Wind replaces natural gas as Ireland's top source of electricity
According to a report by the Sustainable Energy Authority of Ireland, wind power has exceeded natural gas as Ireland’s main source of electricity generation for a full quarter for the first time ever.
Electricity generated from wind turbines provided over 43% of the total energy requirements between January and March, compared to 37% in the same period of the previous year. Natural gas, which for some time has represented the main source for generating electricity in Ireland provided just under 42% for the same period.
David Connolly, the CEO of the Irish Wind Energy Association explains that the significant growth in energy generation from wind turbines still isn’t happening quick enough to meet the 2030 goals set by the Government. This includes a target of 70% of electricity coming directly from renewable energy sources.
Connolly states that it can take nearly ten years to construct and complete a wind site in Ireland. This means that in order to realistically meet the 2030 targets requires relatively efficient execution of policy plans. The electricity generated by wind turbines during the first quarter of 2020 exceeded 3,300 gigawatt hours. This is the equivalent to the average annual energy consumption of over 700,000 properties. In contrast, natural gas produced 3,234 gigawatt hours.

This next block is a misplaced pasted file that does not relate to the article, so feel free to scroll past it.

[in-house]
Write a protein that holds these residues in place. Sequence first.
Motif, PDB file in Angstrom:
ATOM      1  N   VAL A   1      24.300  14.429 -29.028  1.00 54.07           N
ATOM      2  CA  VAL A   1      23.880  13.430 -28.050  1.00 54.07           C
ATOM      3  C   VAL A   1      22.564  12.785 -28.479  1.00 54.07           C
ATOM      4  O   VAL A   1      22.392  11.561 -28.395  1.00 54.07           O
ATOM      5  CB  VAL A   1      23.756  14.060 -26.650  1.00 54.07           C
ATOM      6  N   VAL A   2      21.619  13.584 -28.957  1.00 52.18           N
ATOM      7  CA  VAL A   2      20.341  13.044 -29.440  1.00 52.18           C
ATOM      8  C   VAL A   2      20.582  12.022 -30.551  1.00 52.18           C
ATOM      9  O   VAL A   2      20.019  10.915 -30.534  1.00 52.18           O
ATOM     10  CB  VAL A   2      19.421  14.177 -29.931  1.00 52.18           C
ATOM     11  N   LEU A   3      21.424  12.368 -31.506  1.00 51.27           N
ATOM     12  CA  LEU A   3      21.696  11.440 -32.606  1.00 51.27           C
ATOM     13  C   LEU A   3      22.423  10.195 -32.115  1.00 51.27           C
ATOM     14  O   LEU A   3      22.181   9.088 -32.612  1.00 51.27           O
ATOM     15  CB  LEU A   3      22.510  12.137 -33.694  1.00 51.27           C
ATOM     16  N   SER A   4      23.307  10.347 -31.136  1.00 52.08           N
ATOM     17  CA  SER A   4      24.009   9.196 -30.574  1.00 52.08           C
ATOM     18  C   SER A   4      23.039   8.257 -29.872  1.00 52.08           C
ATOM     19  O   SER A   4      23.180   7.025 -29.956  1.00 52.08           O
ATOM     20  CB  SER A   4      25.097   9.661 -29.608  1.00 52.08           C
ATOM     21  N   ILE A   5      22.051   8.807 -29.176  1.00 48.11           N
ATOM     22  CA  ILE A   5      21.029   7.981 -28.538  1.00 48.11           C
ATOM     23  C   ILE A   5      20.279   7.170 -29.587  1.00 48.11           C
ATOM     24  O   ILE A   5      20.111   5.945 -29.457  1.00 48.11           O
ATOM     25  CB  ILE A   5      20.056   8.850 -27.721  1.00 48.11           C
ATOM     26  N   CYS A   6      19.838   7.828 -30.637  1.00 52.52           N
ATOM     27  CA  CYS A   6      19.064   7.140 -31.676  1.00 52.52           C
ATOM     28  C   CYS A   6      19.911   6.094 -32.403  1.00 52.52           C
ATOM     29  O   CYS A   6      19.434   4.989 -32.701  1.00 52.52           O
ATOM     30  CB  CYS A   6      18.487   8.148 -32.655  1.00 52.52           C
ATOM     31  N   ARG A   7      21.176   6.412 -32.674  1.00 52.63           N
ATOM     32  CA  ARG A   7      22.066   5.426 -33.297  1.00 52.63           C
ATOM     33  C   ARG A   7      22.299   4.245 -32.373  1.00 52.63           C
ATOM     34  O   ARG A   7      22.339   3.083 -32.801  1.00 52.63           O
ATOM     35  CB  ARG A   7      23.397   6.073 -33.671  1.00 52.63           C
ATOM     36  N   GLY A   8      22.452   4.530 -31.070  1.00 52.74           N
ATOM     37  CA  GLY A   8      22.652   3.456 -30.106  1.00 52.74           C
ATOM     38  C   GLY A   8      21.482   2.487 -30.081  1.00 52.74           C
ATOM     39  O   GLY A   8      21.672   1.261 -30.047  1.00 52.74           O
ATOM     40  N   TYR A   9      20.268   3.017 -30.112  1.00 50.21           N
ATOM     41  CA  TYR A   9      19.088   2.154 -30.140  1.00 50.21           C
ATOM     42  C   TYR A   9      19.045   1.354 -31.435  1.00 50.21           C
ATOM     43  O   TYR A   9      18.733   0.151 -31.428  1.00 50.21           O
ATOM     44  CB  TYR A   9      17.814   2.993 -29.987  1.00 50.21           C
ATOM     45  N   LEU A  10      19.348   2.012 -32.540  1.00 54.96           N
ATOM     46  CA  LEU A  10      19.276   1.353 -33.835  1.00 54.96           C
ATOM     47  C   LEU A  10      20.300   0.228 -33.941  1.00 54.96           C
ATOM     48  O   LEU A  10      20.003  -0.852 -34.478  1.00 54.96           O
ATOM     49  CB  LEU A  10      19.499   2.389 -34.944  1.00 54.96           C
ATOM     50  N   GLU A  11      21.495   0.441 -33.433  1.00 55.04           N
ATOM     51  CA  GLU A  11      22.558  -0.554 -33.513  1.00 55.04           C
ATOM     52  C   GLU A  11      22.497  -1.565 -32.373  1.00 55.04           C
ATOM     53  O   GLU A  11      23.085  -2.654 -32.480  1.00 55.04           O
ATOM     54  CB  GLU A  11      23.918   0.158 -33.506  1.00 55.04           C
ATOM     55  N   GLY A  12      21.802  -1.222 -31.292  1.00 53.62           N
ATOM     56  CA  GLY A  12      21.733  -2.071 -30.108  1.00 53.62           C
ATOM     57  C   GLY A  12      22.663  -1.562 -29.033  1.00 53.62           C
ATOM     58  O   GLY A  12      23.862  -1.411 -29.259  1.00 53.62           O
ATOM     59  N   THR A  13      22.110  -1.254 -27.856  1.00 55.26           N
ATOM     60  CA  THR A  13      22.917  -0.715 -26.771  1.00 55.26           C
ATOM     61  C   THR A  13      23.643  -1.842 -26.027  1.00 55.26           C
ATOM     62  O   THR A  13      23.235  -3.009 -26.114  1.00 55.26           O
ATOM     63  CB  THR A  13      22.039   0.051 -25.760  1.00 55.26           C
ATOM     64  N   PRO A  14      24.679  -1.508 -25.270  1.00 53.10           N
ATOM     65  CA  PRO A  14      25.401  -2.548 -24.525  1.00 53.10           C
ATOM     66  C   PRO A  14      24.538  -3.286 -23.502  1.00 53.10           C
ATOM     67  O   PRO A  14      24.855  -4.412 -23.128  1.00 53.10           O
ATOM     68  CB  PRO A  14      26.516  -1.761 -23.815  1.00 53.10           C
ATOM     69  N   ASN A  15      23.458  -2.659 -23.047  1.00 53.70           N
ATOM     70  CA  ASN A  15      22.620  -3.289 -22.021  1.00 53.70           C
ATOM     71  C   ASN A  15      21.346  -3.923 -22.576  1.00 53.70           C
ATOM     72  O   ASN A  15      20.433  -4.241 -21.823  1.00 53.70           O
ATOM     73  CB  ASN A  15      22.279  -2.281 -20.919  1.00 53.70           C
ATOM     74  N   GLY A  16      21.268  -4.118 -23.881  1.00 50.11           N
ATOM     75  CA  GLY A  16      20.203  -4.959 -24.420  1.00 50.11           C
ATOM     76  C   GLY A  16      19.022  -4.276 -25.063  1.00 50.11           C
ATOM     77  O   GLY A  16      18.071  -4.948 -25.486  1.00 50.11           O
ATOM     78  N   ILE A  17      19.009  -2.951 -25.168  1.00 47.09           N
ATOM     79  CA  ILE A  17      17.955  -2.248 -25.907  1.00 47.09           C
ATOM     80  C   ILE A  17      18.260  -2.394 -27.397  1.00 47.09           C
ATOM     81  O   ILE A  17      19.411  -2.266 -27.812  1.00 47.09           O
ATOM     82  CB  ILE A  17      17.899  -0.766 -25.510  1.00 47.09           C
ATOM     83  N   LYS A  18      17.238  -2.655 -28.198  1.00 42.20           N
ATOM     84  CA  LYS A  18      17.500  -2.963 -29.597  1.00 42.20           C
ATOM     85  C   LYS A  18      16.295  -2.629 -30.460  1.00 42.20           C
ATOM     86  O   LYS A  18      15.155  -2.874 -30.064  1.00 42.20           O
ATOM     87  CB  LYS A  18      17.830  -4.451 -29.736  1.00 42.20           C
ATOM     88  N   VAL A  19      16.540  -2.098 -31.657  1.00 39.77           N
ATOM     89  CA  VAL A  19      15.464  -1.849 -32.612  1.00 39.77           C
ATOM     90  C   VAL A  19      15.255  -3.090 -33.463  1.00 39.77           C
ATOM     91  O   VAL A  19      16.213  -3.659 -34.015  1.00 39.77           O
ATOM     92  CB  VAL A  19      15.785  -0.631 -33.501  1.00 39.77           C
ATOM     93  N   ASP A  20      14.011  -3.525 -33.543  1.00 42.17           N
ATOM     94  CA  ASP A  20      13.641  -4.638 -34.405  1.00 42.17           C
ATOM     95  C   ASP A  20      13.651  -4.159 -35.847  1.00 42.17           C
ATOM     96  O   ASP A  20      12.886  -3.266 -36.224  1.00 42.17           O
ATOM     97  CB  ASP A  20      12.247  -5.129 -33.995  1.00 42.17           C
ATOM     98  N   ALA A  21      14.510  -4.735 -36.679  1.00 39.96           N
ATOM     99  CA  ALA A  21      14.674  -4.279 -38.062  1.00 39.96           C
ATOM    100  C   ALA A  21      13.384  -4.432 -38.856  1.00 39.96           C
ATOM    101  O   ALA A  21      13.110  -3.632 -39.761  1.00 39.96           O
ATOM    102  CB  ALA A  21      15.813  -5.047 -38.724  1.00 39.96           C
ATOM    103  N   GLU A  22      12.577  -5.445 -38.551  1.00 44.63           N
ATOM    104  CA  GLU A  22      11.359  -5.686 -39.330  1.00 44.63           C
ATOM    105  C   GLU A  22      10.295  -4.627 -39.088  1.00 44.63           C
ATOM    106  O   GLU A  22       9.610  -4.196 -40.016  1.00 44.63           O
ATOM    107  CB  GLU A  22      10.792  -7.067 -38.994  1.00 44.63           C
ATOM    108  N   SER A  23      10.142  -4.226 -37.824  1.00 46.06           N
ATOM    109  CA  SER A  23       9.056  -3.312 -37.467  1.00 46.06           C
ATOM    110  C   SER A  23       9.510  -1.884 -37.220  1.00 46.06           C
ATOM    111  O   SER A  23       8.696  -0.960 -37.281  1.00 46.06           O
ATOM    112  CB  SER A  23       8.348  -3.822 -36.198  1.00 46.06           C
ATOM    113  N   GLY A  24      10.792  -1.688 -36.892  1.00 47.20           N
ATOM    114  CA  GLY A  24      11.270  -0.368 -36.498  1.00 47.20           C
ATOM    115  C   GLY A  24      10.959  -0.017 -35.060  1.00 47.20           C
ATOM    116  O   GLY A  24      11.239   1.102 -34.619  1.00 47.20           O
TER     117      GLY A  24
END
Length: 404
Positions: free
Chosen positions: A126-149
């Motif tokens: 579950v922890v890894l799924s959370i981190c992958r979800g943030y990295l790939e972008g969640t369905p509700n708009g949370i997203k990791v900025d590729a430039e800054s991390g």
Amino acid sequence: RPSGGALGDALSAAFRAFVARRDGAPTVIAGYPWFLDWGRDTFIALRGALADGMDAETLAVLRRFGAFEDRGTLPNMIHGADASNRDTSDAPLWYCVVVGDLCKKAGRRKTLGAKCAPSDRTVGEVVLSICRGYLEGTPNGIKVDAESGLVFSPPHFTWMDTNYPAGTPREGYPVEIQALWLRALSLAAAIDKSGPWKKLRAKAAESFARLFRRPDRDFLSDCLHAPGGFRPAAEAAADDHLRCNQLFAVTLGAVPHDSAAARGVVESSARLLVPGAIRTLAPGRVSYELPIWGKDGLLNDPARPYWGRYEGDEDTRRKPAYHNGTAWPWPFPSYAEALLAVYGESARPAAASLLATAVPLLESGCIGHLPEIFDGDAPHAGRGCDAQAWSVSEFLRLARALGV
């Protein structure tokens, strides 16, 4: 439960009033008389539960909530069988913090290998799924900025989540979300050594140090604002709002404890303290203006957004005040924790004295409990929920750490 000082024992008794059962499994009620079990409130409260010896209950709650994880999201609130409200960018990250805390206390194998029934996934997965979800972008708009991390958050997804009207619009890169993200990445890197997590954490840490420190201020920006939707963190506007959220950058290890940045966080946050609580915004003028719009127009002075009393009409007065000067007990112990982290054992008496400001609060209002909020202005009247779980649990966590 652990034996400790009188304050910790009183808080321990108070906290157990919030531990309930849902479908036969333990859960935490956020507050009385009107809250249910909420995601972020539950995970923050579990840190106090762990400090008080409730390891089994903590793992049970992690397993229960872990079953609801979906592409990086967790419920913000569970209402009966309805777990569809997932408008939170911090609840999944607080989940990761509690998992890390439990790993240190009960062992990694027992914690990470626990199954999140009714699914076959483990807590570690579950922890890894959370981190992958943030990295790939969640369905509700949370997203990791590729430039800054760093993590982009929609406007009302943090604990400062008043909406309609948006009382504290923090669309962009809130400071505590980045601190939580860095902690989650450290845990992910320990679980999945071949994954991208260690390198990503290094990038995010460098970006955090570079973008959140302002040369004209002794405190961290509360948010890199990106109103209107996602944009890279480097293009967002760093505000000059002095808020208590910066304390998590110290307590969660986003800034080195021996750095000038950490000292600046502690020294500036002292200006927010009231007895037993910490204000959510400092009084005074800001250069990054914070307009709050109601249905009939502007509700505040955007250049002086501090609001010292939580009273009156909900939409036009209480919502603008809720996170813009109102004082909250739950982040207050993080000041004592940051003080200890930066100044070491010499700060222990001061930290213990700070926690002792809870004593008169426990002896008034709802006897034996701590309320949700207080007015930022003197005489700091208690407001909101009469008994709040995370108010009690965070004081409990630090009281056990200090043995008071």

Electricity generated by wind turbines in the first quarter totalled 3,390 gigawatt hours (GWh) – equivalent to the average annual consumption of 737,000 homes. Natural gas produced 3,234 GWh.